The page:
(Note: This page was posted in 2016. The AppInventor/AppyBuilder software referenced in this page may not be less relevant today).
Nowadays, everyone has their own app idea. I, too, had an idea, which I recently brought to fruition. Below is the process I went through to build my app. Perhaps this will be a useful read for some other English teachers or educators in a similar boat.
Firstly, my app is called North American Idioms. It is available on Google Play. In a nutshell, it’s an app that helps users study 100 essential North American idioms. It is not incredibly high-tech; in the app, users select the appropriate idiom to fill in the blank, match idioms with definitions, and so on. It is largely text-based and it runs off a small database (a file exported from Excel, to be specific).
For creating the app, my goals were twofold:
- To help ESL students learn idioms
- To create another passive revenue stream for myself
My top-performing page on this website has been my idioms page, which gets roughly 1,000 unique visitors a day. One day it dawned on me that this could be a great place to promote an idioms app. Instead of solely relying on people finding my app ‘organically’ either via search or in the Apple Store or Google Play, I would be able to drive downloads directly from my own website. This would be a great advantage.
How Should I Build It?
Firstly, I thought about programming it myself. I have built this website and I can code in PHP, but that’s a far cry from compiling an application in Java. My design skill is also quite poor. I realized that if I wanted to do it right and well, I’d have to hire someone.
In search of a programmer and designer, I advertised my project on UpWork.com, a website that connects freelance designers and programmers to entrepreneurs and their projects.
My budget in my mind: $200-400
On UpWork, I came across a slew of programmers from India, China, and Ukraine that would work for $10 and hour. I posted my project and then received several inquiries from programmers who bid on the job. When I got in touch with them, I was surprised by their quotes.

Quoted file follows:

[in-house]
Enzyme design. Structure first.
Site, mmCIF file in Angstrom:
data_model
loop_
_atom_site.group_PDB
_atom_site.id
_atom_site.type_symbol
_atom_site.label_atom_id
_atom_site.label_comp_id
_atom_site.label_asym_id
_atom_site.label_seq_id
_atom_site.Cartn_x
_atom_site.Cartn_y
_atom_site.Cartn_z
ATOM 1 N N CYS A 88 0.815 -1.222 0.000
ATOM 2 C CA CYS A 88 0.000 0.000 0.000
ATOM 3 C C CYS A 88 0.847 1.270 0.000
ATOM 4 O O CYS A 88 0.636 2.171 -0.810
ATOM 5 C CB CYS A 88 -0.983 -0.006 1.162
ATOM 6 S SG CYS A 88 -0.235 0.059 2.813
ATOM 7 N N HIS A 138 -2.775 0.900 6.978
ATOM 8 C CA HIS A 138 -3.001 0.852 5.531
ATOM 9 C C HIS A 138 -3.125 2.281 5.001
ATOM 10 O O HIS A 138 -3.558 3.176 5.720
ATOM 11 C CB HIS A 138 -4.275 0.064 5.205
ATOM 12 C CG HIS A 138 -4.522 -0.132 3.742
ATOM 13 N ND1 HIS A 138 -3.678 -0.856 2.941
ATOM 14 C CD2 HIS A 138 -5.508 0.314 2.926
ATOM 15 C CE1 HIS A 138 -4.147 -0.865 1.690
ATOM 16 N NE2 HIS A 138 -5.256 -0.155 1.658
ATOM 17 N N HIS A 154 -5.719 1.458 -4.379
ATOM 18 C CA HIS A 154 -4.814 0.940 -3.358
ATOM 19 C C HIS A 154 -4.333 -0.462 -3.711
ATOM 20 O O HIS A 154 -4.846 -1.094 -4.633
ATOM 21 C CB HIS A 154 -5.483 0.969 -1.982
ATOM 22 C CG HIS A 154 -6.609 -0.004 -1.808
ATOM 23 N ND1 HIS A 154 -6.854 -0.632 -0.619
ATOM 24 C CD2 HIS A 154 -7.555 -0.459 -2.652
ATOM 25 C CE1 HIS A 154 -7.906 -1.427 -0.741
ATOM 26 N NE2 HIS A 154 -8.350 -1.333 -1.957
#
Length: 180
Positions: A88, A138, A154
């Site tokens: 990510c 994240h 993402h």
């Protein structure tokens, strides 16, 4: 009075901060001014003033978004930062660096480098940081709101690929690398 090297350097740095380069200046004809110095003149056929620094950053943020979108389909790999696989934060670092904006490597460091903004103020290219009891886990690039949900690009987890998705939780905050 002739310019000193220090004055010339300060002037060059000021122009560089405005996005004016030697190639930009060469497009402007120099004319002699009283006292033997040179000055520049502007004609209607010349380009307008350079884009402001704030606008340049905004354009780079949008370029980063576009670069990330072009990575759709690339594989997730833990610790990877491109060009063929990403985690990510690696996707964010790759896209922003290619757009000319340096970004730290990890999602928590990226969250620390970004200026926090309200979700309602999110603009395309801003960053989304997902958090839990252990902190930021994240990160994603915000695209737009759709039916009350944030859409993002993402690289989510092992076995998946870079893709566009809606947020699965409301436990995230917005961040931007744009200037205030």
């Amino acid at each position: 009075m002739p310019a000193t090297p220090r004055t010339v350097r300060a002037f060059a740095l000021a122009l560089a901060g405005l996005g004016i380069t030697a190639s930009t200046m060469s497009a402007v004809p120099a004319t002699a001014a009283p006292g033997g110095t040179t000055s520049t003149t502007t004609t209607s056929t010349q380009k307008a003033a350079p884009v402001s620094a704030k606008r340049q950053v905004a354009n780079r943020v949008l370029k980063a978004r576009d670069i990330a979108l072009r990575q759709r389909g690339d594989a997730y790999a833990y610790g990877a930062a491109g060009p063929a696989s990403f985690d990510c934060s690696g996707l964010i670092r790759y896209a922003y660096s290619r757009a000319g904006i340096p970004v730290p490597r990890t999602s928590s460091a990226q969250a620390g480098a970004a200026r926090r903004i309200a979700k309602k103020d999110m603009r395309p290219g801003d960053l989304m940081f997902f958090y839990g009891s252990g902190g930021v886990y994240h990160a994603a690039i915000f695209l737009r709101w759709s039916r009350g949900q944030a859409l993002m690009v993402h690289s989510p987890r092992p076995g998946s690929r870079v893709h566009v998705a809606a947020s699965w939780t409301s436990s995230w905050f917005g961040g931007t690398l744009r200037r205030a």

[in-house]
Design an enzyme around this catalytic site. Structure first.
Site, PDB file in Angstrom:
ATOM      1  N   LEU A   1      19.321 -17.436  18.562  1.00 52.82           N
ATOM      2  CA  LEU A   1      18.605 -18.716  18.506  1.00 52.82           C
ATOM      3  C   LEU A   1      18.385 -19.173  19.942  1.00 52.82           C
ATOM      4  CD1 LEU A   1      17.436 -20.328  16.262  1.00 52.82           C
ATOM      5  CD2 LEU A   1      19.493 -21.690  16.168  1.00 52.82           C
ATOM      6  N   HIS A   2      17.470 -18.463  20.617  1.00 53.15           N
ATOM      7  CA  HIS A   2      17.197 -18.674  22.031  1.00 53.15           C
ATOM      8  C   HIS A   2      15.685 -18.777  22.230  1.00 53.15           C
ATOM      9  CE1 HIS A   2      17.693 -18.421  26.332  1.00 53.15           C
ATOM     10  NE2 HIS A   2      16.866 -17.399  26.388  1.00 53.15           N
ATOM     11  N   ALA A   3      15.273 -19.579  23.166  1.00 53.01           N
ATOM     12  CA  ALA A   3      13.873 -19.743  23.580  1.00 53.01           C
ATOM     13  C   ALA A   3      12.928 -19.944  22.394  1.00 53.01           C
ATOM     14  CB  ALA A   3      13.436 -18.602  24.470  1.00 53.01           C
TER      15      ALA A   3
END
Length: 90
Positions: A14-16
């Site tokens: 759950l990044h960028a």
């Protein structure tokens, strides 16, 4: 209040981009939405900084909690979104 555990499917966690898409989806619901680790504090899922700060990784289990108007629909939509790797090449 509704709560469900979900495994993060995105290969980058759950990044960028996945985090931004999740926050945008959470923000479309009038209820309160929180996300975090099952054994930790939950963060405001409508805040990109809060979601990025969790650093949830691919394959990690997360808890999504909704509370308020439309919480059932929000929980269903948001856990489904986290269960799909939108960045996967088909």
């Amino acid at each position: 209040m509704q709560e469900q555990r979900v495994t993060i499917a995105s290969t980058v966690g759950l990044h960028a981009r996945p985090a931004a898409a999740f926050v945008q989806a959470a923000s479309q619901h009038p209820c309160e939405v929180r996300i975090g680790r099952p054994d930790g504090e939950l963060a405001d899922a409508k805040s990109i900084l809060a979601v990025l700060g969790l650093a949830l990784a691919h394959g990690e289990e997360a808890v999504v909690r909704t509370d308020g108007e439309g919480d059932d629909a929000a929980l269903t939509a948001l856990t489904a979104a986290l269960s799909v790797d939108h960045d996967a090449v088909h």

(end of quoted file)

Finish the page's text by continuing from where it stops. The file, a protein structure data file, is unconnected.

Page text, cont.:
To build the app for Android = $1,500
To build the app for iPhone = $1,500
To build the API* = $1,000
Estimated total cost = $4,000
Total time estimate = 2 months
(*Application Program Interface aka the ‘backend’ that interacts between the app and the Internet)
I was flabbergasted by the price. I had no idea that Android apps and iPhone apps are coded in entirely different languages. I naively thought this would be something that could be coded in 10 hours or so. Clearly, this was not the case.
Knowing that an ESL app would not be able to recoup $3,000 in investment (at least not for many years), I was faced with the choice: abandon the project or build it myself.
My Resolution: Build It Myself
I had a month off. A man has to do something productive with his time, so I decided to build it myself. Next, I did some research on the differences between the Android app market and iPhone market and found the general consensus that Android has a greater share of the market and its market share is increasing. Therefore I decided to:
1. Only build my App for Android (at least f0r now) — This would be easier me for me to test, too, since I don’t have an iPhone.
2. Ensure the app is simple enough so that it can work offline (meaning, an online API isn’t required to interact with the app for it to function)
I saw before me three options.
1. Paid App. e.g. 2.99 per download
Conclusion: No. The growing consensus online is that people generally don’t pay for anything, particularly Android users. Also, many of my visitors come from south and southeast Asia. I didn’t figure they would be interested in the equivalent of 2.99 Canadian for an app.
2. Freemium – e.g. Users get the first five levels for free, but have to pay for the final five levels.
Conclusion: No. I don’t think my userbase is going to pay for an app.
3. Monetize it with Ads from Admob (similar to Adsense ads for the web — which are on this very webpage)